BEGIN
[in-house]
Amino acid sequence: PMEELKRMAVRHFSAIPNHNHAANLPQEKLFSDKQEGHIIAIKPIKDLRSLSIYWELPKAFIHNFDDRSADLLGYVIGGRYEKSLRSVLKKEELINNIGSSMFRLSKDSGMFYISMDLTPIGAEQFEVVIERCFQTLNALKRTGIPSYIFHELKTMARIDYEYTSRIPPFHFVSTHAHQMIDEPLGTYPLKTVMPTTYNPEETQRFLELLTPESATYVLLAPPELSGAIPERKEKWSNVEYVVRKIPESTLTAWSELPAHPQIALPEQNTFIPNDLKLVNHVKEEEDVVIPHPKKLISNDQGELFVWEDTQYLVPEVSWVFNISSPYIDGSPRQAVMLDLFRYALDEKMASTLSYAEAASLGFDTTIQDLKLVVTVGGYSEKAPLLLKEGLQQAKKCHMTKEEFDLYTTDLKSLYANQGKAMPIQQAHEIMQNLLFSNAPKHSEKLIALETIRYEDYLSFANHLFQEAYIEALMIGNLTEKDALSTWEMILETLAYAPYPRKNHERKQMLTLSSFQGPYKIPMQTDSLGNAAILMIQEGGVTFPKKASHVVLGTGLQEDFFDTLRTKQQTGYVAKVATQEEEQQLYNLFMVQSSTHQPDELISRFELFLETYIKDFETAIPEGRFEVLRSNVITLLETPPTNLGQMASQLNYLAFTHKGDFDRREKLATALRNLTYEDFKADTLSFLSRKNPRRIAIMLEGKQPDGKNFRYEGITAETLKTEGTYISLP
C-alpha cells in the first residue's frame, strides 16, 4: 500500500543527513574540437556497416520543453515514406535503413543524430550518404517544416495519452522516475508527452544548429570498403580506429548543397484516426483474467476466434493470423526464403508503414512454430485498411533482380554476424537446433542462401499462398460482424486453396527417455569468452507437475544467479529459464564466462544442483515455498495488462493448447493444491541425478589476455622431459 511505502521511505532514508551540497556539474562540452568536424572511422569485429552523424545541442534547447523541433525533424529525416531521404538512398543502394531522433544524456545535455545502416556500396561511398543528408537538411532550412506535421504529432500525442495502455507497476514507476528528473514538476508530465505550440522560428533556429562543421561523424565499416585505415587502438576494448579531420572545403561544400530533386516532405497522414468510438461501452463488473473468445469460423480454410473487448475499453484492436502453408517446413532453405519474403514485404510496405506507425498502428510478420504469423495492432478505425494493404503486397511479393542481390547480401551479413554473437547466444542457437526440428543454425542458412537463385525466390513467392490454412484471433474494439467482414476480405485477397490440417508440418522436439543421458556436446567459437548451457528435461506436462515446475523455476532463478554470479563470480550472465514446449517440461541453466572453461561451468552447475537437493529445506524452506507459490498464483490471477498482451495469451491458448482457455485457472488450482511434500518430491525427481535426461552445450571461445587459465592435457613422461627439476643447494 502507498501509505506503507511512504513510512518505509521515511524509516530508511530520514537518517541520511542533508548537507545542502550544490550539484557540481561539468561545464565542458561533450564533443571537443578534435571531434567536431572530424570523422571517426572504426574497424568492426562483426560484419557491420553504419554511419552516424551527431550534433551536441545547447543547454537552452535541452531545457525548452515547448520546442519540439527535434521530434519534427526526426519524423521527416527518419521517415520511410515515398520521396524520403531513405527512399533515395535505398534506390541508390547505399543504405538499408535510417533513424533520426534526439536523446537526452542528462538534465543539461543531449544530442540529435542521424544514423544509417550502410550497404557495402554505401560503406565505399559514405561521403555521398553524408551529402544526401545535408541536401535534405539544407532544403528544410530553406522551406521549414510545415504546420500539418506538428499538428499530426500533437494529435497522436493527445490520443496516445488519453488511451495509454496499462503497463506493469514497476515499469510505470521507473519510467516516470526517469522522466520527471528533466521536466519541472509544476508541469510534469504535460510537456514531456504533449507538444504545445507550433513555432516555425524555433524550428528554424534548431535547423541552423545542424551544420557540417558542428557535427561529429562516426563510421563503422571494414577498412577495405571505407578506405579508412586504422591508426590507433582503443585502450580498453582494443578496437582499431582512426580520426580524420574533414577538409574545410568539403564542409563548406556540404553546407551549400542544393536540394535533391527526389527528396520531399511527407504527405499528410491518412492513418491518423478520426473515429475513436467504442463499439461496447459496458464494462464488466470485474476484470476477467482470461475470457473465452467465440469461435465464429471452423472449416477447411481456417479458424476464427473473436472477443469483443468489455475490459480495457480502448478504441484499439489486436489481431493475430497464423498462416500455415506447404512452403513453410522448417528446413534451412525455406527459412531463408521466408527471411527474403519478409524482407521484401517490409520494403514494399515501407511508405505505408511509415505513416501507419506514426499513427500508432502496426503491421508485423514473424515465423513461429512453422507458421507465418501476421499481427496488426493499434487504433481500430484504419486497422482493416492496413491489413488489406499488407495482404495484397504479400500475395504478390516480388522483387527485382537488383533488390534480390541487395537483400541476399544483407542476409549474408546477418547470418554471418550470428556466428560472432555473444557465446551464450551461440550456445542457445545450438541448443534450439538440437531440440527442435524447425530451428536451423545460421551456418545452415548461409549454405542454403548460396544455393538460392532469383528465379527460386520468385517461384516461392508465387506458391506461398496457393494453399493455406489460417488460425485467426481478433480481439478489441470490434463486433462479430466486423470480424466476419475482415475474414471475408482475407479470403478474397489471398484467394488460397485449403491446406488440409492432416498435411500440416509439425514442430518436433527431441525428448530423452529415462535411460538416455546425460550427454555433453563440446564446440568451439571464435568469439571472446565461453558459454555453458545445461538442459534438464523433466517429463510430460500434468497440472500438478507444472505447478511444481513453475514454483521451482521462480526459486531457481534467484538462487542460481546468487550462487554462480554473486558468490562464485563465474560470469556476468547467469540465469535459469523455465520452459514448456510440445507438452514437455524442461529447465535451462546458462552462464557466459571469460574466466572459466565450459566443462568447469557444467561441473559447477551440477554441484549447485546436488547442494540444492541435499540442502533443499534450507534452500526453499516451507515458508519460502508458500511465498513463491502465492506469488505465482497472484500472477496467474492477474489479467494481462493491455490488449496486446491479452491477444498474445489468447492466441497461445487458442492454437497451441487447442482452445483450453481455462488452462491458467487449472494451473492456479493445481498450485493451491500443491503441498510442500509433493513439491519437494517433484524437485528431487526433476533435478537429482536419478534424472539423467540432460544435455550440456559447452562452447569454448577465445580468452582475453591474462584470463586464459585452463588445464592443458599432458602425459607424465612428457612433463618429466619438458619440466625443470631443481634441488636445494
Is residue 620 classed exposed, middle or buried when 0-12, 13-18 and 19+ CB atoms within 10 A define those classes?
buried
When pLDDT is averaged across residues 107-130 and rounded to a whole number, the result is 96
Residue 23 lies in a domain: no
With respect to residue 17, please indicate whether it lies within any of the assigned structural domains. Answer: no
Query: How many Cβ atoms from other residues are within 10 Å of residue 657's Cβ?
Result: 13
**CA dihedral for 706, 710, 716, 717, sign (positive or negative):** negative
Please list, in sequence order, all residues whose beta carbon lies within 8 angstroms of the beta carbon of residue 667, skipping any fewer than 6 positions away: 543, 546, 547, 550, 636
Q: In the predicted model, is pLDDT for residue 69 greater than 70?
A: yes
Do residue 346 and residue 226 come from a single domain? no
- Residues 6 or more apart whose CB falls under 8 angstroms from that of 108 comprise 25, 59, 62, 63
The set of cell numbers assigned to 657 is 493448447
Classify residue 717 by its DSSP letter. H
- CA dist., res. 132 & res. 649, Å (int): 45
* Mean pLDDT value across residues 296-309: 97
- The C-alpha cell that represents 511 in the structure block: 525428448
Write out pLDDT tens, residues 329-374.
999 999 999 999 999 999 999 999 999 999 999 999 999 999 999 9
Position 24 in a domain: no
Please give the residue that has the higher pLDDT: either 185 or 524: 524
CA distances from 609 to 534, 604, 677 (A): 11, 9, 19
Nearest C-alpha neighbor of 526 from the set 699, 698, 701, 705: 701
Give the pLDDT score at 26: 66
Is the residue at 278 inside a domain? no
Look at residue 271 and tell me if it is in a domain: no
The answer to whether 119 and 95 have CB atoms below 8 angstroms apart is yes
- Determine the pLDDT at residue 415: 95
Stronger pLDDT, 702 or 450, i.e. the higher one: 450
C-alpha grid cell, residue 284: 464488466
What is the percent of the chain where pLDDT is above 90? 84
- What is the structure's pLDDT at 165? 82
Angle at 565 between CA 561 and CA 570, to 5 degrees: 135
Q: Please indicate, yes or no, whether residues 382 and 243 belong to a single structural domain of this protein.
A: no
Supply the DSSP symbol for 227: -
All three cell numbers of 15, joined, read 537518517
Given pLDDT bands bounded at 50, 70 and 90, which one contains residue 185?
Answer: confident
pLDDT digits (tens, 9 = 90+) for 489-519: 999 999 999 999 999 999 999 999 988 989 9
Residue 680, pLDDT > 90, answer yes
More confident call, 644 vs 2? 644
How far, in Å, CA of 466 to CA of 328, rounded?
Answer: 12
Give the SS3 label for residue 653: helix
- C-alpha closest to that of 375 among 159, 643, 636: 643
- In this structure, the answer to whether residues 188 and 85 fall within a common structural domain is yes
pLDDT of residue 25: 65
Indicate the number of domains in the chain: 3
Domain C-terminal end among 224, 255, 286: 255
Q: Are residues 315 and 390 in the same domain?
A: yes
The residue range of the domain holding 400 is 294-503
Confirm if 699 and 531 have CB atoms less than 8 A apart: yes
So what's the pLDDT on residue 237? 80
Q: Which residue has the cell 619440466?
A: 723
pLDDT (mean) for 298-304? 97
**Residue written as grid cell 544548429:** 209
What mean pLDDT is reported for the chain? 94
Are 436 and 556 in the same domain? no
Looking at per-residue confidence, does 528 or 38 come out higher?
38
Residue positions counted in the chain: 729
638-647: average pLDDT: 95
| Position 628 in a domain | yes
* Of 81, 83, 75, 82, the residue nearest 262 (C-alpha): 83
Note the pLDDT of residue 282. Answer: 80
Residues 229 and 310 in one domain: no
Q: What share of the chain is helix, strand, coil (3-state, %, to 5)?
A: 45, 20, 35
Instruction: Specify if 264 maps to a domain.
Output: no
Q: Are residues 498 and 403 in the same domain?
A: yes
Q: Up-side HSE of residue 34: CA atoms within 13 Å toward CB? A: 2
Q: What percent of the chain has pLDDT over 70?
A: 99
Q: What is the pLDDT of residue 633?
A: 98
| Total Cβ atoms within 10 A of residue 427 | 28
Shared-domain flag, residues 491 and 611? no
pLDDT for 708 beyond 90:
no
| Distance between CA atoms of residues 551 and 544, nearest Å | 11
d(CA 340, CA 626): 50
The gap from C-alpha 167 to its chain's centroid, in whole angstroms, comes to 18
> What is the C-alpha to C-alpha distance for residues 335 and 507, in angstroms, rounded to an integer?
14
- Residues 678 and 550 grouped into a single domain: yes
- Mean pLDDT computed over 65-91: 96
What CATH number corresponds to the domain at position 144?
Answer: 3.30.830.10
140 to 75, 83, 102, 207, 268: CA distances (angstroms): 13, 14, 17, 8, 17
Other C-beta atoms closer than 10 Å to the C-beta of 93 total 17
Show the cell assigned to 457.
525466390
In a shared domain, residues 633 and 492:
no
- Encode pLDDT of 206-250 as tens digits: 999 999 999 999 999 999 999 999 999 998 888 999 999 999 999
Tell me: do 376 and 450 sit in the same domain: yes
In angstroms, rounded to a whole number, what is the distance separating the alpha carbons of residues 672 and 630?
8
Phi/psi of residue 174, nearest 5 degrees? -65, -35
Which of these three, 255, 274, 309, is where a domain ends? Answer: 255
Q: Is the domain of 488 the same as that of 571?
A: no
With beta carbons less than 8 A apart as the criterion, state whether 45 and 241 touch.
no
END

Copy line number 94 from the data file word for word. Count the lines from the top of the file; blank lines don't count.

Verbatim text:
- Residues 678 and 550 grouped into a single domain: yes